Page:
Heroin Abuse Up in Minnesota; Drug Inexpensive, Available, Deadly


Heroin abuse is rising in Minnesota, and it’s inexpensive, easily available, and deadlier than ever, reports the Minneapolis Star Tribune. “In Minnesota, heroin is everywhere,” said Carol Falkowski, drug abuse strategy officer for the Minnesota Department of Human Services. In the past decade, the percentage of treatment-center admissions for heroin addiction has doubled in the state, from 3.3 percent in 2000 to 6.7 percent in 2010. Heroin-related visits to Twin Cities emergency rooms rose from 1,023 in 2005 to 1,855 in 2009.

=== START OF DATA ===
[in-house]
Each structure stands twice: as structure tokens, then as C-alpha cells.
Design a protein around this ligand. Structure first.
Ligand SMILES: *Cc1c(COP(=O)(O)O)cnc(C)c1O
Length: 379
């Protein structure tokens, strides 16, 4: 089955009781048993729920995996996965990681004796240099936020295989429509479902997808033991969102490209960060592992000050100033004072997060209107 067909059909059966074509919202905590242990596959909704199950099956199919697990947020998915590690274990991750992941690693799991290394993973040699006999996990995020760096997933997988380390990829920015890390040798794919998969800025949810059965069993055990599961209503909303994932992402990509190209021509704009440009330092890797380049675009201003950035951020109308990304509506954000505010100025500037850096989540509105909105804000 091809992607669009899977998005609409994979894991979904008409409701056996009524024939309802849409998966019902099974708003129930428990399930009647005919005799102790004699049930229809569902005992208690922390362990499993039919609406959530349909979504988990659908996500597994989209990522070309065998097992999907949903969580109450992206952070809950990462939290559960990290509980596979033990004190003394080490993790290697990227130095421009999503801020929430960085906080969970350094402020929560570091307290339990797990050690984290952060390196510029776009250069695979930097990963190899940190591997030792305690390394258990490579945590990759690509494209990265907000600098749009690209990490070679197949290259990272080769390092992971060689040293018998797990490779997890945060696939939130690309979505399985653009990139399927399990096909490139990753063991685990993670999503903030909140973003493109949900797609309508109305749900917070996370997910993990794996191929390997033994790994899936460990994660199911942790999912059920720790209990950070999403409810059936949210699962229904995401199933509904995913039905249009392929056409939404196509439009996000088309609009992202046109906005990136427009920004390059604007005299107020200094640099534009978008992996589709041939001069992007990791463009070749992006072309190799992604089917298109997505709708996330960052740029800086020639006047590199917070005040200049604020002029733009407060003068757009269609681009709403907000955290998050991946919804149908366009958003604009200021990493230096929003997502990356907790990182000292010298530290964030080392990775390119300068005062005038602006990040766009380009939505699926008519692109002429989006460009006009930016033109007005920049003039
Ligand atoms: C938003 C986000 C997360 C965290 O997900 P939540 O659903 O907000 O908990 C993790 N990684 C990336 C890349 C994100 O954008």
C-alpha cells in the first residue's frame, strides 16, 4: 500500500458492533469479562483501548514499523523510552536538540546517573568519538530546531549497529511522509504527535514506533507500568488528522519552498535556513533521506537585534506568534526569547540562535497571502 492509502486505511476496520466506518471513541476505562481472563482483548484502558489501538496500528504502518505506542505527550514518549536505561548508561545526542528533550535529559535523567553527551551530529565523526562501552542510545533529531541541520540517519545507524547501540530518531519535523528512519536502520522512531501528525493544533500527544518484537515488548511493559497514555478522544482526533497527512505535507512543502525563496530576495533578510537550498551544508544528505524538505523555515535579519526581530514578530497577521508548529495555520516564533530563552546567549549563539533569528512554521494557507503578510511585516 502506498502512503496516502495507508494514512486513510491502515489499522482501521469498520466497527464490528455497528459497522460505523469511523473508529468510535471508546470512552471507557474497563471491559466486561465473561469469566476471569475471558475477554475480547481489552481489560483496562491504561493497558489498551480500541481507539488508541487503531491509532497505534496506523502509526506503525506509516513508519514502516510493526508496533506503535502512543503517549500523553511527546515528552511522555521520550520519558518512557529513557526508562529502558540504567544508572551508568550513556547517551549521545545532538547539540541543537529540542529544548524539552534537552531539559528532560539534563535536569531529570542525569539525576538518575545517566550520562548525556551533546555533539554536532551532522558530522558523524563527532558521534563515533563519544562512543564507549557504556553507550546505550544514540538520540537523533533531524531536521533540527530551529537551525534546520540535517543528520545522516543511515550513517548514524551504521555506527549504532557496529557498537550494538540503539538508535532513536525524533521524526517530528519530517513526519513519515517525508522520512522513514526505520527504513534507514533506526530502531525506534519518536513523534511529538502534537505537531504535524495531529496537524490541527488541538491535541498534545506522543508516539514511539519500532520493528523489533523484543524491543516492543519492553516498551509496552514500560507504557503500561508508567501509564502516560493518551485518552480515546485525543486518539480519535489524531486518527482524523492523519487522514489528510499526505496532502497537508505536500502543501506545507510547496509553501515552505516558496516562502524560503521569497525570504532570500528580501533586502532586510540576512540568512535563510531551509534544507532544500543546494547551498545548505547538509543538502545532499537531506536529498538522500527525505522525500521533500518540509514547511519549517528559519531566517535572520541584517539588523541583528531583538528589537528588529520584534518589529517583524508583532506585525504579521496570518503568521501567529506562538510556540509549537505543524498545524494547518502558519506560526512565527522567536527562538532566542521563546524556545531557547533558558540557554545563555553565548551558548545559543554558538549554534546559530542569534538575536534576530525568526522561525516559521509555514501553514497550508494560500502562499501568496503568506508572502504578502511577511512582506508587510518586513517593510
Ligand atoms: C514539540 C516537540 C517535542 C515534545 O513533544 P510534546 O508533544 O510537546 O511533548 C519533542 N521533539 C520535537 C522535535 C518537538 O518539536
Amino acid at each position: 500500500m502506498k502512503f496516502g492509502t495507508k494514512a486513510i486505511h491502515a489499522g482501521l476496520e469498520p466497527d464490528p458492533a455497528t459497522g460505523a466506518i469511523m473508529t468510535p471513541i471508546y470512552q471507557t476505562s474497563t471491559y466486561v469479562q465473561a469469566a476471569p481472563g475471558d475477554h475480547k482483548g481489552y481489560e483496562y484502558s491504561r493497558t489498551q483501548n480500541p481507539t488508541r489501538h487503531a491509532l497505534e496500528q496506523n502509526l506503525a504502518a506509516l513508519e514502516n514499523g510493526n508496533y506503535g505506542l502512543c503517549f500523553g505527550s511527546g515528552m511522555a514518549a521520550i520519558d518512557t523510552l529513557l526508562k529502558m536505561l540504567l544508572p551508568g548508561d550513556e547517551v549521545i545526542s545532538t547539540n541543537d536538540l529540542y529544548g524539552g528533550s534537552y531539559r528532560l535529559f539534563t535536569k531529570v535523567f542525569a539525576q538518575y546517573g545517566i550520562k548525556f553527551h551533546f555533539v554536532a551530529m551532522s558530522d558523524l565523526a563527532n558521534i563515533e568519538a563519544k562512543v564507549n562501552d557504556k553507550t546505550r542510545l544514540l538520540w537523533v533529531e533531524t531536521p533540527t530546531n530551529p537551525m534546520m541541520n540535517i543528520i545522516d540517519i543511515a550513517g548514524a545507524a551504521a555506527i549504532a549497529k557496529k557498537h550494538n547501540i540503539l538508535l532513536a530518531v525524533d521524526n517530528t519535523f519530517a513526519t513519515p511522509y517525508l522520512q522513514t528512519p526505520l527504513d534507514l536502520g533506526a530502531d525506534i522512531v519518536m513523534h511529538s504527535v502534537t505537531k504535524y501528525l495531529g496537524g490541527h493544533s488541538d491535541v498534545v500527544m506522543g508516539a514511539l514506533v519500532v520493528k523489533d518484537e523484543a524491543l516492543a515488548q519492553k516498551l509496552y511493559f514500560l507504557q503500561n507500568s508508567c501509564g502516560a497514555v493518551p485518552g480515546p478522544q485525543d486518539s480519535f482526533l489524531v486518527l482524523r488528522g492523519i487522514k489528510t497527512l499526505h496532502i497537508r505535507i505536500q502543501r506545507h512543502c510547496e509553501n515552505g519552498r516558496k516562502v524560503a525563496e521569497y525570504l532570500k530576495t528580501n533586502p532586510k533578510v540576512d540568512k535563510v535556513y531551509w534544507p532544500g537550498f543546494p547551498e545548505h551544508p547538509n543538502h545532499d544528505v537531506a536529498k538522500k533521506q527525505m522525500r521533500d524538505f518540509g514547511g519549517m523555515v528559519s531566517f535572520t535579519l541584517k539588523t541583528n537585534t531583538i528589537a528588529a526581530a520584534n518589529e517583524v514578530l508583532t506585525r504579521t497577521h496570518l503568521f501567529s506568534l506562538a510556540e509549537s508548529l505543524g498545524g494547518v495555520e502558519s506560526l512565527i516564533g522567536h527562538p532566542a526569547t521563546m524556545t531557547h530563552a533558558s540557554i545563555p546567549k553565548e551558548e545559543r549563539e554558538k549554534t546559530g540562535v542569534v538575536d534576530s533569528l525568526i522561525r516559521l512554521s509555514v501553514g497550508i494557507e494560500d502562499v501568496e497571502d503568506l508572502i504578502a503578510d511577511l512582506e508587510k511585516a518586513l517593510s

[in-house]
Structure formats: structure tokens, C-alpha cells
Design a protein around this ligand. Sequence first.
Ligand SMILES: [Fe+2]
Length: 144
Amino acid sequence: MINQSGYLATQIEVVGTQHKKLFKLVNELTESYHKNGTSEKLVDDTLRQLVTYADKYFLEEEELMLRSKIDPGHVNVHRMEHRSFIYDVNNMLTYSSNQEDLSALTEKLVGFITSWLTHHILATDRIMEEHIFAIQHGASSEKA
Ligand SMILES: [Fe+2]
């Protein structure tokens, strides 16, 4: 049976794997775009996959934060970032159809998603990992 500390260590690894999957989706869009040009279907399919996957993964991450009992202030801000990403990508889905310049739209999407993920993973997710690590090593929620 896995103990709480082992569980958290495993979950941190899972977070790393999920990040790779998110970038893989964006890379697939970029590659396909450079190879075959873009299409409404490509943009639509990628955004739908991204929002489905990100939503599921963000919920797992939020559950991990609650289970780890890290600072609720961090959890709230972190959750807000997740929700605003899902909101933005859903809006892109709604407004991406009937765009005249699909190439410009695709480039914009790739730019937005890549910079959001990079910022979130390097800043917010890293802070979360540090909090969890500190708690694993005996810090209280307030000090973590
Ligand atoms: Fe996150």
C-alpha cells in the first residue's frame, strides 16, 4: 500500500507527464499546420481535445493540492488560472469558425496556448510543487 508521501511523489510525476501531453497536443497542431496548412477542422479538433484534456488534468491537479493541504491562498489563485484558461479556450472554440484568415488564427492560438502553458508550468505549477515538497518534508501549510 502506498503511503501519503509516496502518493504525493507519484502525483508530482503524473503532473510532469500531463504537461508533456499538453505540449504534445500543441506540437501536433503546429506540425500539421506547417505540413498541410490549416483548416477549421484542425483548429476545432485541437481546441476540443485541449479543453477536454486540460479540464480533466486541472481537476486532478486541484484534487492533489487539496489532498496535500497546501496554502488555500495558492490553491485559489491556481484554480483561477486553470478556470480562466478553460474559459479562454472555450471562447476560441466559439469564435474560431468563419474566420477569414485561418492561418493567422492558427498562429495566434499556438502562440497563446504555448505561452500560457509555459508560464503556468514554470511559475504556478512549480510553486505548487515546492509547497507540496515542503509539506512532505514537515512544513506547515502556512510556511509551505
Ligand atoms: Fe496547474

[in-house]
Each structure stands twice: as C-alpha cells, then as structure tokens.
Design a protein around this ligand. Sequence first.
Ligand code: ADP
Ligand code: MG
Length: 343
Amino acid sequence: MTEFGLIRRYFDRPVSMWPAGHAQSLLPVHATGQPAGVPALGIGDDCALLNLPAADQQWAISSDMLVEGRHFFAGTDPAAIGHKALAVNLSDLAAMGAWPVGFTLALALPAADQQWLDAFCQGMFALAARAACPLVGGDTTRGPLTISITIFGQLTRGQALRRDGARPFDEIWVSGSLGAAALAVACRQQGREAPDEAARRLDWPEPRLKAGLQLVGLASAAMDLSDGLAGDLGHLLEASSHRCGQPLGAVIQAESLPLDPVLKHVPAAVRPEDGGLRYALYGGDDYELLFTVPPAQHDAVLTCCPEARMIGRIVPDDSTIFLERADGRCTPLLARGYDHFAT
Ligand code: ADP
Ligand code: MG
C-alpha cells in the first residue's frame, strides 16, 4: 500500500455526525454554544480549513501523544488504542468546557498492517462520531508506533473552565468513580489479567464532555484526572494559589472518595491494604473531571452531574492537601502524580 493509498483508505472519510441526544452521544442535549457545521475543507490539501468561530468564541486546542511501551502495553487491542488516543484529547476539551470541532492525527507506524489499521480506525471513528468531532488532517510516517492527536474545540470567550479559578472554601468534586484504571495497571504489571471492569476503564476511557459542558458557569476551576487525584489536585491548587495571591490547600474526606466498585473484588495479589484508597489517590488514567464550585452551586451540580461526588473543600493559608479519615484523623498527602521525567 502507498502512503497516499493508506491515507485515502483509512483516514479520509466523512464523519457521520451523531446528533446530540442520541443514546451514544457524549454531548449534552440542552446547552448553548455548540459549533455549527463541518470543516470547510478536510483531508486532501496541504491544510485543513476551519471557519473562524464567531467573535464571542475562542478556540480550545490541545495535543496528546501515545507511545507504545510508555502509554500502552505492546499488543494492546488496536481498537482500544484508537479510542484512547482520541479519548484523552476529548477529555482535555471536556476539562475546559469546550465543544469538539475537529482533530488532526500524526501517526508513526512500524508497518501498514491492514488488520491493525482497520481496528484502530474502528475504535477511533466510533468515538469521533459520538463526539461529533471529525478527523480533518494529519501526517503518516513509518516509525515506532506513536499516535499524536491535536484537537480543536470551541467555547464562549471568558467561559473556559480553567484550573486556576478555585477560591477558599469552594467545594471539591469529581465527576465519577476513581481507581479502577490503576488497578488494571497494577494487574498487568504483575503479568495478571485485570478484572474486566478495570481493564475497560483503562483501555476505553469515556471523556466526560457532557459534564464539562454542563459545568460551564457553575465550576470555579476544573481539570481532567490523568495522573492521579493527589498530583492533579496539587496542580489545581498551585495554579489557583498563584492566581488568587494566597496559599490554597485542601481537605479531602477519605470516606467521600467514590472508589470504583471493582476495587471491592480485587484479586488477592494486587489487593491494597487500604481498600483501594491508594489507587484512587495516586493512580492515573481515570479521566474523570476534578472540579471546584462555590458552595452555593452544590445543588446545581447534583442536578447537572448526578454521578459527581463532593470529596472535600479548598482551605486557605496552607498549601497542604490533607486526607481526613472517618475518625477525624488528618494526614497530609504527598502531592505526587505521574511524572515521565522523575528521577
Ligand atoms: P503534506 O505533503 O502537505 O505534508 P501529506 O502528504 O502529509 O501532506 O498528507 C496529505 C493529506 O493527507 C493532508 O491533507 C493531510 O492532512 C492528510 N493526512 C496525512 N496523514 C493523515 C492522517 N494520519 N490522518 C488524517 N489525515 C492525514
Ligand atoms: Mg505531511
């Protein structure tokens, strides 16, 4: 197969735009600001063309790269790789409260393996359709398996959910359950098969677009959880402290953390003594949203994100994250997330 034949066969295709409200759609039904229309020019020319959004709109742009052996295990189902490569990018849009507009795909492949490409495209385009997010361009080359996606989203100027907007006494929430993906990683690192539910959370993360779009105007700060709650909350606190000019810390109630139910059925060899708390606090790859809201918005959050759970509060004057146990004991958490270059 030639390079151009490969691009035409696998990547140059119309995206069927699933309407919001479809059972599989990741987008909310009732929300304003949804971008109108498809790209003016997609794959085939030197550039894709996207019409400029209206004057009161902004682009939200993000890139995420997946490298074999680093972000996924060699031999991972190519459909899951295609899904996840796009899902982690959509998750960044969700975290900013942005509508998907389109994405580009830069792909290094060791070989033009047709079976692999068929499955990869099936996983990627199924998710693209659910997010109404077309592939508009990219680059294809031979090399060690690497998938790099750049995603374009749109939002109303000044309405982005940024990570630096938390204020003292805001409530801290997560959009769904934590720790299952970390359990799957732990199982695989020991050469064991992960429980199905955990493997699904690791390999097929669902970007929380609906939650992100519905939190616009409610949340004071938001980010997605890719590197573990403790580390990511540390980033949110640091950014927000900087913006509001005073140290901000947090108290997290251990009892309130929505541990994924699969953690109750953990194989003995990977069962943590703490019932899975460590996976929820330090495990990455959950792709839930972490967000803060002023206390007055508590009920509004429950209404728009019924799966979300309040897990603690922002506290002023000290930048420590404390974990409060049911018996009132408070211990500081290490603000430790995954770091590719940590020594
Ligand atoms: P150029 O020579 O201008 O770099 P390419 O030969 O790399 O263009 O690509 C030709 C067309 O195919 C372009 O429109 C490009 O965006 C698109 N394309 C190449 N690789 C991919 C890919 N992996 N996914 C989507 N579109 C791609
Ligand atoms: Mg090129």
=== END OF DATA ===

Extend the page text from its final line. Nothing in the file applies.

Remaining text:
Among men tested for drugs upon entering the Hennepin County jail last year, nearly 10 percent were positive for heroin or other opiates — the third consecutive year that percentage increased, Sheriff Rich Stanek said. Heroin cases now exceed the state’s methamphetamine and cocaine cases combined. The problem shows itself in ways beyond numbers. Quinn Strobl, who serves as coroner to 19 counties in Minnesota and western Wisconsin, told of one woman who said she couldn’t understand how her daughter died of an overdose, that her daughter had been such “a responsible heroin user.” Strobl recently heard another parent speak almost matter-of-factly about losing a child to heroin. “I try to tell them that when you’re injecting something in your body that you buy on the street from an illegal source, you can’t be responsible,” Strobl said.

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